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100   Recommended

Room 1115
August 27, 2016 by
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Room 1115

Liked:
Location
Service
Food
Amenities
Room

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I’m currently cashing out on my points doing mattress runs in select Cat 1 or 2 properties throughout South East Asia. I decided it wouldn’t be wise to invest any more money (much less for purposes of requalification) into Starwood while the future of SPG is still unknown, but would very much like to retain status through 2017 because loads of exciting new properties are scheduled to open in the region. This is how I found myself at Sheraton Hanoi one night. I didn't go into the stay thinking I'd review the place (hence the lack of photos) because properties in the lower categories tend to be generic Four Points type experiences, but I had to share my thoughts on this unique property in this very unique city.

Location

Hanoi’s spanking new international airport is a stark contrast to the rest of the city. A tell tale sign of the rapid modernization of Vietnam sits just 30 minutes away from Hanoi’s Old Quarter. The overly enthusiastic Uber driver who picked me up, frantically making grunts and pointing to Google Translate trying to strike a conversation while casually cruising down the barely cooled down tar on the new highway into town had only one word to say upon seeing my intended destination: “Grand”. His reaction and expression was comical to me, but he had the last laugh as I ended up making the same face he did as we approached the property. Situated on a hill on its own mini-peninsular overlooking a wide lake, the Sheraton Hanoi towers over the other buildings in the vicinity like a castle with its own moat. The stately main building presents itself in all its grandeur while rolling up the private driveway.

1_IMG_0667.JPGSheraton Hanoi Entrance Courtyard

While the property isn’t exactly within walking distance to the main Hoan Kiem Lake area, it is located very walkable neighborhood that seems to attract expat-friendly (read: western-style table service) restaurants. Pasteur Street Brewing Company, often mentioned in guide books for the “discerning traveller”, sits right across the street. Getting to Hanoi’s Old Quarter was an easy 15-20mins in traffic by car. For the more adventurous, a ‘moto’, an option that can be easily requested via Uber will get you there in half the time, if even that. Zipping through Hanoi’s frantic traffic on the back of a motorcycle is an experience in itself. I would advice that one walk out 50m and request from the street though. The men in sharp suits guarding the hotel’s courtyard vestibule might not welcome the sight of a smiling man on a ‘moto’ beckoning to guests with a helmet in hand.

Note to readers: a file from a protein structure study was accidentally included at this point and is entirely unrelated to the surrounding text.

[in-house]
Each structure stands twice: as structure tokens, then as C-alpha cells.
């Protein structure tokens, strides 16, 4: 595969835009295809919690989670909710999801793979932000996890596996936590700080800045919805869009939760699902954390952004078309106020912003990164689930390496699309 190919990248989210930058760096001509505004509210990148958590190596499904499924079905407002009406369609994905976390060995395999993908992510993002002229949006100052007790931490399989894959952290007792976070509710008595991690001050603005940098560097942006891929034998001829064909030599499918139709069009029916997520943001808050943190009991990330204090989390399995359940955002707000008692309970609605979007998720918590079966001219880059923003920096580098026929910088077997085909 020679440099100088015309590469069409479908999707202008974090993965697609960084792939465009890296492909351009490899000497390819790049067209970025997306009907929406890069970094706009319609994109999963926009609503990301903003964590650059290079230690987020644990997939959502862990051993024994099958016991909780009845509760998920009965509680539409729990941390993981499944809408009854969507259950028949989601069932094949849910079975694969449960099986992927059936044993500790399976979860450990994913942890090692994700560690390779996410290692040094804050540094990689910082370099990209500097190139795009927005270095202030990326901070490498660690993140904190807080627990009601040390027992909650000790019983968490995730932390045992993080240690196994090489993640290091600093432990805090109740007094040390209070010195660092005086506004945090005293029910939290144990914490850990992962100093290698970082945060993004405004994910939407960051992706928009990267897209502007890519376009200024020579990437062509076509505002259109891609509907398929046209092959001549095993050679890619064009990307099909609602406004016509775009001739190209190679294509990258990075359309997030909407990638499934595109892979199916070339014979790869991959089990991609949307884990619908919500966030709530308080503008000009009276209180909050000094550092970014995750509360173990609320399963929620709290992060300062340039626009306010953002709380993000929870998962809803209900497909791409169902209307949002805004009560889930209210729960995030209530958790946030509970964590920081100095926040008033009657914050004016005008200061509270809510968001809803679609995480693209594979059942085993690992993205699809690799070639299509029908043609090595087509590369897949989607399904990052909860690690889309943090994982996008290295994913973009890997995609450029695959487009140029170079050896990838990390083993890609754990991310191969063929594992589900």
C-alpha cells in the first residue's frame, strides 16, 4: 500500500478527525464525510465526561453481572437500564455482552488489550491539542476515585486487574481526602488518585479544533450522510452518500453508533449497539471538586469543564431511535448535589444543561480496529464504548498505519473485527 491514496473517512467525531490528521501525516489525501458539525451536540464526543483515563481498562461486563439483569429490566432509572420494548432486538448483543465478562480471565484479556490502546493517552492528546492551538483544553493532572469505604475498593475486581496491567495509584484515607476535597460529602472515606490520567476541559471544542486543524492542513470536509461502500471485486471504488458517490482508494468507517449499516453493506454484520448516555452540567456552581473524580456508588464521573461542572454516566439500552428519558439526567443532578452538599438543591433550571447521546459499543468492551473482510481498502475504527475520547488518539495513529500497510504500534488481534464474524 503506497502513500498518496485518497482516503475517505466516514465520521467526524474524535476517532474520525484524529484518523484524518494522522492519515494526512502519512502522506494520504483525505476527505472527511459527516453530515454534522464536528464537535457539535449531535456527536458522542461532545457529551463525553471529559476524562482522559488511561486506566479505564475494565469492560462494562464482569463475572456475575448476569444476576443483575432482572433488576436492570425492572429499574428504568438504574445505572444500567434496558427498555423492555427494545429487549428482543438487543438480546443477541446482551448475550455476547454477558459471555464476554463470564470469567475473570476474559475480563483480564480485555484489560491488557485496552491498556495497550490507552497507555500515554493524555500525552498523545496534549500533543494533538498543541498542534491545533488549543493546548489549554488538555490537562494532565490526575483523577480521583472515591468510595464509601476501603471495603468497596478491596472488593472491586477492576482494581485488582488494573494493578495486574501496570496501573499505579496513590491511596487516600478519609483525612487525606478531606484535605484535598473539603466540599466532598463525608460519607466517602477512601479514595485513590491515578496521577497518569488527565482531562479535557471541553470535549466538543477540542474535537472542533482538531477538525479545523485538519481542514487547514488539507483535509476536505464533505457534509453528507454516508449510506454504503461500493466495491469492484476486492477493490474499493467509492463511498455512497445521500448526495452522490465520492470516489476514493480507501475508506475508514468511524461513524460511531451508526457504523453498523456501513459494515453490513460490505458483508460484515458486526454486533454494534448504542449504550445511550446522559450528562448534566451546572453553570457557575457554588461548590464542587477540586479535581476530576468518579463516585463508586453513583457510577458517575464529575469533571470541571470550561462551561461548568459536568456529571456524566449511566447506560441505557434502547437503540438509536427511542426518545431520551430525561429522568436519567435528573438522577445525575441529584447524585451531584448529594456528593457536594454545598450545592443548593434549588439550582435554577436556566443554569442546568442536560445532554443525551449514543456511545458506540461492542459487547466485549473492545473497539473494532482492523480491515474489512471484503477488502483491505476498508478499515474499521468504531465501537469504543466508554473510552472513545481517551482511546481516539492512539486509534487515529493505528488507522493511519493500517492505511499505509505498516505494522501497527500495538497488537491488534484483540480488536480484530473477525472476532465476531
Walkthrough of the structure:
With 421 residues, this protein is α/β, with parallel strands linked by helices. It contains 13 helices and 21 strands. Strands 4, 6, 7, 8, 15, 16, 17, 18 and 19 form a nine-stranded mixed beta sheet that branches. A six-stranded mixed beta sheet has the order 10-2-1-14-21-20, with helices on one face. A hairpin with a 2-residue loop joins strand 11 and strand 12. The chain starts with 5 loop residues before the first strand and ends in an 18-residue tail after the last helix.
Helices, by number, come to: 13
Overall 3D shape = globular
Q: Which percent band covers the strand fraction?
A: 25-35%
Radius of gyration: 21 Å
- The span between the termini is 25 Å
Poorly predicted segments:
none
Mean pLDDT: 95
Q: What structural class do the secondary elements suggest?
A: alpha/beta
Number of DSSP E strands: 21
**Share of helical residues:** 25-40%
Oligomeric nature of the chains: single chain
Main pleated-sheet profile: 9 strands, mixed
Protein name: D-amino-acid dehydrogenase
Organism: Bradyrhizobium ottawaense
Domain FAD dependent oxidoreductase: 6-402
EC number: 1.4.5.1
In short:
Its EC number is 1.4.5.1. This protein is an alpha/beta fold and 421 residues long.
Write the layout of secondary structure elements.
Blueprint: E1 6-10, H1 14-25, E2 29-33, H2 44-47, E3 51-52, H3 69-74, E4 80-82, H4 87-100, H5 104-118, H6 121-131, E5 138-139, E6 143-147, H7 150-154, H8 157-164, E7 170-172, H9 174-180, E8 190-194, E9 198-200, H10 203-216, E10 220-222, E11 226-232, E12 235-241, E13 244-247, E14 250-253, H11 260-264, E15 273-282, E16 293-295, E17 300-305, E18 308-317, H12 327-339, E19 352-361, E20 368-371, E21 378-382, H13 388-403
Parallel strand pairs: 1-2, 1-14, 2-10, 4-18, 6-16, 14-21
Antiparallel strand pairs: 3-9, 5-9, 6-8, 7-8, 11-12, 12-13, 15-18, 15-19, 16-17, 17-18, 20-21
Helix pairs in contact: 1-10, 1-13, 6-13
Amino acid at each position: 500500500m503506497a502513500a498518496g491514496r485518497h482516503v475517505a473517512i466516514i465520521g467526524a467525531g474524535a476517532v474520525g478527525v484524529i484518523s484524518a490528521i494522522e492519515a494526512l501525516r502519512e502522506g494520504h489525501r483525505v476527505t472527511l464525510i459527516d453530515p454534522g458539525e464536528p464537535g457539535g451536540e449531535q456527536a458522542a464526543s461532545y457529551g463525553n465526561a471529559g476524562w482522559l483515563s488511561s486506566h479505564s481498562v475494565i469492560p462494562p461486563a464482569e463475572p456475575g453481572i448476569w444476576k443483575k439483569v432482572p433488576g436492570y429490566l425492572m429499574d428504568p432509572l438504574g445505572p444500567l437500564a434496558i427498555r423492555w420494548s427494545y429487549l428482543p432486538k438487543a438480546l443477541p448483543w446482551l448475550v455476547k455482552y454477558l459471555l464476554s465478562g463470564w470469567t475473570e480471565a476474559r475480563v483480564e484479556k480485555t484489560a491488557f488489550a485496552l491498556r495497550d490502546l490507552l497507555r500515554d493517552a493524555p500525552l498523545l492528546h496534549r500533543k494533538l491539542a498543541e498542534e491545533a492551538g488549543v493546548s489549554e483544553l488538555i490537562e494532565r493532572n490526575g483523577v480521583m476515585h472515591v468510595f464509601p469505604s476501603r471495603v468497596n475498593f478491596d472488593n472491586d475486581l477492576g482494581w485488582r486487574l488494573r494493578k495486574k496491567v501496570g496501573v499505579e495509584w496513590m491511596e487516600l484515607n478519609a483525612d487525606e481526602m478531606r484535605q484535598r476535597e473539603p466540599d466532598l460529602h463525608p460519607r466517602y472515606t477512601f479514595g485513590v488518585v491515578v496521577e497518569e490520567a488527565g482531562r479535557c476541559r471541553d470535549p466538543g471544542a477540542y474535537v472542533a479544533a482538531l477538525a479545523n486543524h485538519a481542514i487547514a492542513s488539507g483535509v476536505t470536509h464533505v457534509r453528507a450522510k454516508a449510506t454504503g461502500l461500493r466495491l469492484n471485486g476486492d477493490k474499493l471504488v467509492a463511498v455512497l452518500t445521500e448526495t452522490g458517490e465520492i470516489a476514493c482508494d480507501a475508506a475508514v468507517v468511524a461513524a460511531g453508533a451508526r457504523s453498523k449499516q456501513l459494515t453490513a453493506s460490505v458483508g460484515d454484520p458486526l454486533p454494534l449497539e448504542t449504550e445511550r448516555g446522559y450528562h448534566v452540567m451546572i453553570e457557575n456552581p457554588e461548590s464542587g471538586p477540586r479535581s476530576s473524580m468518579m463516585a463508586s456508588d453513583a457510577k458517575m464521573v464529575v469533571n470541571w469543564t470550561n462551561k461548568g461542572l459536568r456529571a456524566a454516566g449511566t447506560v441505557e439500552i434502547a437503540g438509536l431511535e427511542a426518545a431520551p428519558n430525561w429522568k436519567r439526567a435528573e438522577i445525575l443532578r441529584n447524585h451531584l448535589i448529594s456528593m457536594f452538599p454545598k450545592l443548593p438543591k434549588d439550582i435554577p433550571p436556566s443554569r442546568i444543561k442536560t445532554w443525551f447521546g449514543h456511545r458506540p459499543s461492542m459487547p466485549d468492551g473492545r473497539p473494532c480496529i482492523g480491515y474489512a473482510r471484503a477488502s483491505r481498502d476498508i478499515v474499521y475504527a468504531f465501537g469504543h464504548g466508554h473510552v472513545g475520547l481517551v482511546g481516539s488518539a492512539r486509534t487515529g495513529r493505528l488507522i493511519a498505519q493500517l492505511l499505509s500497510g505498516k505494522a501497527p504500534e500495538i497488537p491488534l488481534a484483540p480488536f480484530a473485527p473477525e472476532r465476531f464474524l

Check In

A last minute “Special Deals” fare on Vietnam Airlines to Hanoi prompted a reservation the morning of. By the time I strolled to the front desk it was nearly 11pm. The particular associate who checked me in was young but handled the process like an old pro. He managed to get me excited about a non-upgrade, noting the ‘special room the hotel has prepared in advance just for me’ (probably not true) with a great view of the lake. He was right though, the view was nice.

Room

IMG_0666.JPGSheraton Hanoi Walkway

This property is old. Like old, old. Way past its prime, sorely in need for a refurb by Starwood standards kind of old. Yet strangely enough I found myself wishing they would leave it alone. The property is very well maintained- preserved, would be more apt- and that extends to the rooms too. Although the furnishings and decor is very dated it was like being transported back in time like the hotel was operating back in its heyday.

Dining

I did not have the opportunity to dine on-site, but the pho I had from the late night room service menu was delicious. The on-site restaurants shutter by 10pm with the exception of the lobby lounge which operates until 11:30pm. The breakfast buffet selection at the lounge felt paltry, but they did have an eggs station which also does noodles.

Amenities

IMG_0668.JPGSheraton Hanoi Garden

The common areas of the hotel was interesting to explore. In addition to standard gym facilities and a swimming pool, the hotel also has tennis courts and an outdoor (I want to say Japanese?) inspired garden.

Overall

I thoroughly enjoyed every aspect of the ‘old school’ experience. It felt like nothing has changed since its opening back in the day, existing in its own bubble. The lounge wasn’t impressive, but the attentiveness of the staff made up for it. Checkout was a breeze. At $68 or 4,000 starpoints a night, I thought there was value to be had.

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